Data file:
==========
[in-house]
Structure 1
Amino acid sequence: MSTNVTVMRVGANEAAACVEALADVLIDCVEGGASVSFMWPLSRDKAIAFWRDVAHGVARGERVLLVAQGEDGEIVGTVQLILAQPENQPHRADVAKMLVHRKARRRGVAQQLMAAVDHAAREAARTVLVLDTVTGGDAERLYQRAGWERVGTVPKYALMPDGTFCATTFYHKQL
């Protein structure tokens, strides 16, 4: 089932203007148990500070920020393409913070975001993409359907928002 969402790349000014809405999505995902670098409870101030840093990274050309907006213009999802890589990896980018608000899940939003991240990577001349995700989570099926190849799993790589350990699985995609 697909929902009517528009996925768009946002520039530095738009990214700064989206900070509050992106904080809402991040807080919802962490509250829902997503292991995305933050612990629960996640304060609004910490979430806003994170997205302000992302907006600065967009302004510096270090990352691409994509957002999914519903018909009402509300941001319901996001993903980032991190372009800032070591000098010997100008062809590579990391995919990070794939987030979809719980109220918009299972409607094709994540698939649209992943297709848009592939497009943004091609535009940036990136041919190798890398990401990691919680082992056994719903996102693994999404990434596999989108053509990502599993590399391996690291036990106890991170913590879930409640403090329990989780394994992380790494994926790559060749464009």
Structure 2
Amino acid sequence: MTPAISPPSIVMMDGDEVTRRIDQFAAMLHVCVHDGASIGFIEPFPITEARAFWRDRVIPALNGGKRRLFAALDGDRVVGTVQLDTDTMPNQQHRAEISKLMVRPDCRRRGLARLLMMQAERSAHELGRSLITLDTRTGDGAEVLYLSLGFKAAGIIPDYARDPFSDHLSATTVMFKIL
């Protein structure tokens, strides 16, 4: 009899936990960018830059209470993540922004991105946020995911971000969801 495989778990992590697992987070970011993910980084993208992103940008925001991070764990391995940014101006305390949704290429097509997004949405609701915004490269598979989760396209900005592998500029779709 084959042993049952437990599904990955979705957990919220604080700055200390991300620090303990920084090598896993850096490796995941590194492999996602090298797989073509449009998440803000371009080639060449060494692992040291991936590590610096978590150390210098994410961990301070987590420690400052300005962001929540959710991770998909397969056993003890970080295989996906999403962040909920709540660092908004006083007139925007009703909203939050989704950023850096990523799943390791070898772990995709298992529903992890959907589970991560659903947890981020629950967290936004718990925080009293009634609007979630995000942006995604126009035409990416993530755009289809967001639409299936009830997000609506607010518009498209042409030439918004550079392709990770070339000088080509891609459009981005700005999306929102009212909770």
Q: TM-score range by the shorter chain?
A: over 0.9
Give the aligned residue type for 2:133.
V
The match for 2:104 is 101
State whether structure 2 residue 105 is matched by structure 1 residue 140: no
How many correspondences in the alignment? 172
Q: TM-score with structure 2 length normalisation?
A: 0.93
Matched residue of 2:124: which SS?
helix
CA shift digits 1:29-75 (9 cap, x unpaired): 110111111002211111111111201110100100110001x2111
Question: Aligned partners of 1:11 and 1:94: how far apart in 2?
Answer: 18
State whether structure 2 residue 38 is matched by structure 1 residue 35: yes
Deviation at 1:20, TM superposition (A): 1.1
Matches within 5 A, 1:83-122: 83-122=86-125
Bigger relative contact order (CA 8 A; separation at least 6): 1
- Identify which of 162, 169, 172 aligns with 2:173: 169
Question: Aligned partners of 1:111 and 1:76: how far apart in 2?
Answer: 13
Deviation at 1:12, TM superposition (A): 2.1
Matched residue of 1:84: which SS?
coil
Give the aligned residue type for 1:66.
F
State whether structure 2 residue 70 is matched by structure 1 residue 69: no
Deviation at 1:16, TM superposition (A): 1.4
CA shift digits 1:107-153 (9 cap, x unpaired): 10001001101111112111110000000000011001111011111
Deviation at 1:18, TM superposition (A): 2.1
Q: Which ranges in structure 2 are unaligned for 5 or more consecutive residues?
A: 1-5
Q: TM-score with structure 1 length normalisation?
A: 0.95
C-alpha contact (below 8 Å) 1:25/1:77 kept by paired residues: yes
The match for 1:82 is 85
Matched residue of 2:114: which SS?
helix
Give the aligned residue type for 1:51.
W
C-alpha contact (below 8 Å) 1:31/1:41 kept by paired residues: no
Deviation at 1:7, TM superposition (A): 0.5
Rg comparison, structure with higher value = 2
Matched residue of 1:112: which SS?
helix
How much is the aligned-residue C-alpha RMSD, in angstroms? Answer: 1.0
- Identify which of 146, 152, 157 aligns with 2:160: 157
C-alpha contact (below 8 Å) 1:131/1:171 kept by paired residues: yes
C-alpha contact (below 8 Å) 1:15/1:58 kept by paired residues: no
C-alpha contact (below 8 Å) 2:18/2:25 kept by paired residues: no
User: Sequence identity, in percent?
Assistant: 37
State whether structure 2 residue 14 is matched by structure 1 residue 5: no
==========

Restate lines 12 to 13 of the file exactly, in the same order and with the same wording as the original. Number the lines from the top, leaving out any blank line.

The match for 2:104 is 101
State whether structure 2 residue 105 is matched by structure 1 residue 140: no